|TIAB (Title and Abstract)|
Affective startle modulation in clinical depression: preliminary findings.
BACKGROUND: Modulation of the startle reflex by affective foreground stimuli was investigated in a group receiving inpatient treatment for major depressive episodes (n = 14) and an age and gender matched nondepressed group (n = 14).
METHODS: Participants viewed 27 pleasant, neutral, and unpleasant pictures chosen from the International Affective Picture System. Acoustic startle probes were presented during picture viewing, and participants also rated the affective qualities of the pictures.
RESULTS: While ratings of the pictures were largely similar between the depressed and nondepressed groups, they displayed dissimilar patterns of startle modulation. In the nondepressed group, blinks elicited during unpleasant pictures were significantly larger than during pleasant pictures, whereas the depressed group failed to show this effect. Analyses, which separated the depressed participants into moderate and severe groups based on Beck Depression Inventory scores, revealed that while the moderately depressed group also showed a normal pattern of startle modulation, the severely depressed showed potentiated startles during the pleasant pictures.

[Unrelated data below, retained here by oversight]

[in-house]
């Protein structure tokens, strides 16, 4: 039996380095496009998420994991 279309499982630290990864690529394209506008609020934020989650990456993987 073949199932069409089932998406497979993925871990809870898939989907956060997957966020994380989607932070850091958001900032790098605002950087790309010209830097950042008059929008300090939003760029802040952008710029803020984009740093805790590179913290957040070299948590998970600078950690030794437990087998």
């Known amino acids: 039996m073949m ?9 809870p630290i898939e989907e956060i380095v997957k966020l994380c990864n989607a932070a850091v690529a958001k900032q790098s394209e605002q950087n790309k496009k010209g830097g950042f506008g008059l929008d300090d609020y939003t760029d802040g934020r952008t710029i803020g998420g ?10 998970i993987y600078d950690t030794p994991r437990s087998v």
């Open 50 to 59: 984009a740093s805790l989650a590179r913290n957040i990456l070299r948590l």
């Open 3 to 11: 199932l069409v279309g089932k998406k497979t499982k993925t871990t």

CONCLUSIONS: These preliminary results suggest that severely depressed patients may respond to some pleasant stimuli as if they are aversive, possibly because such stimuli are seen as signals of frustrative nonreward.
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